Luckily, his wife Nic had seen adverts about FAST and recognised the signs of stroke. She called for help straight away, and Andy began the long journey towards recovery.

Now, Andy wants to share his story to help other survivors.

“I know how infuriating, frustrating and painful it can be. Recovering from a stroke is the hardest thing I’ve ever done in my life but think about what the alternative will be.”

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Recovery and rehabilitation after stroke

Everyone’s recovery after a stroke is different. You may make a full recovery within weeks, or it may take you much longer. Some people, especially when their stroke was severe, never make a full recovery and are left with long-term disabilities.

In the first few days and weeks you may be very tired and emotional. This is a normal reaction to what is often a traumatic event. Pace yourself and allow plenty of time to rest, as well as time to try various activities and therapies as recommended by your healthcare professionals.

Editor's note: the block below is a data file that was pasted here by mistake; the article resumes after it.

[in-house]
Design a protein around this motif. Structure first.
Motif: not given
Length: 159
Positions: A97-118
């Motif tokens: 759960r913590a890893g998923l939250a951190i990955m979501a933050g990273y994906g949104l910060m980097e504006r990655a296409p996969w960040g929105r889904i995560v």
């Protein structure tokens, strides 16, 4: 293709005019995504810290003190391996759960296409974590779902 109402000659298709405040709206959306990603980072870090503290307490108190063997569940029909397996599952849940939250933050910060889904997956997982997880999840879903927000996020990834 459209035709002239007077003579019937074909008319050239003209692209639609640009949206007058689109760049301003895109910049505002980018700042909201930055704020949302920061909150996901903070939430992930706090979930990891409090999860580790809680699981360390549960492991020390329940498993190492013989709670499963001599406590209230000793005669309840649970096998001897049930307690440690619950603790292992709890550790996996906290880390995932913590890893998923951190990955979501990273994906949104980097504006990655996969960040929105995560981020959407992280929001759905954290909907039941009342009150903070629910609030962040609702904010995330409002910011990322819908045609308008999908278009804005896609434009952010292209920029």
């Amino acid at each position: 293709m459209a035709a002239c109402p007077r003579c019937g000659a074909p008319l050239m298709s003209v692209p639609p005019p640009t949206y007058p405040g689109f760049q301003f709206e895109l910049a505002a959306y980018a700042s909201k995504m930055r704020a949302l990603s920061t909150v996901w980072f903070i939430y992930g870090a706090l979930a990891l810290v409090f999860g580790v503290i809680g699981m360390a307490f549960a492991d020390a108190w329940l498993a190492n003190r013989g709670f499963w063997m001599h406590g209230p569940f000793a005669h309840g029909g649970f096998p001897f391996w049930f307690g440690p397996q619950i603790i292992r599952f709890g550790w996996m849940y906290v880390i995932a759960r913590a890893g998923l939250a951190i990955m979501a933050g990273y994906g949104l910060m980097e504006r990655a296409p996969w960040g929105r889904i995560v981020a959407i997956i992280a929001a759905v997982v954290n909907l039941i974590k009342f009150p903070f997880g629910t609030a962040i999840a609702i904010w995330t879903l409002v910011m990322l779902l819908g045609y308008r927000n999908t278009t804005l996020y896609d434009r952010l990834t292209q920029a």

Even in the early days, it is important to move around as much as you can, even if you cannot get out of bed. This:

  • Helps prevent your limbs from getting stiff and sore
  • Helps to recover posture, balance and movement
  • Can make it easier to eat and drink
  • Reduces the risk of blood clots in your legs
  • Reduces the risk of developing a chest infection

With help and support from your stroke team, you should start to notice improvements in the weeks following your stroke. Remember that recovery can be a long process, and everyone’s recovery is different – don’t feel disheartened if it takes months or even years to see a particular improvement.

Regularly practicing physiotherapy, occupational therapy and speech exercises can help to keep you motivated. Your stroke team will help find exercises, therapy and activities which work for you.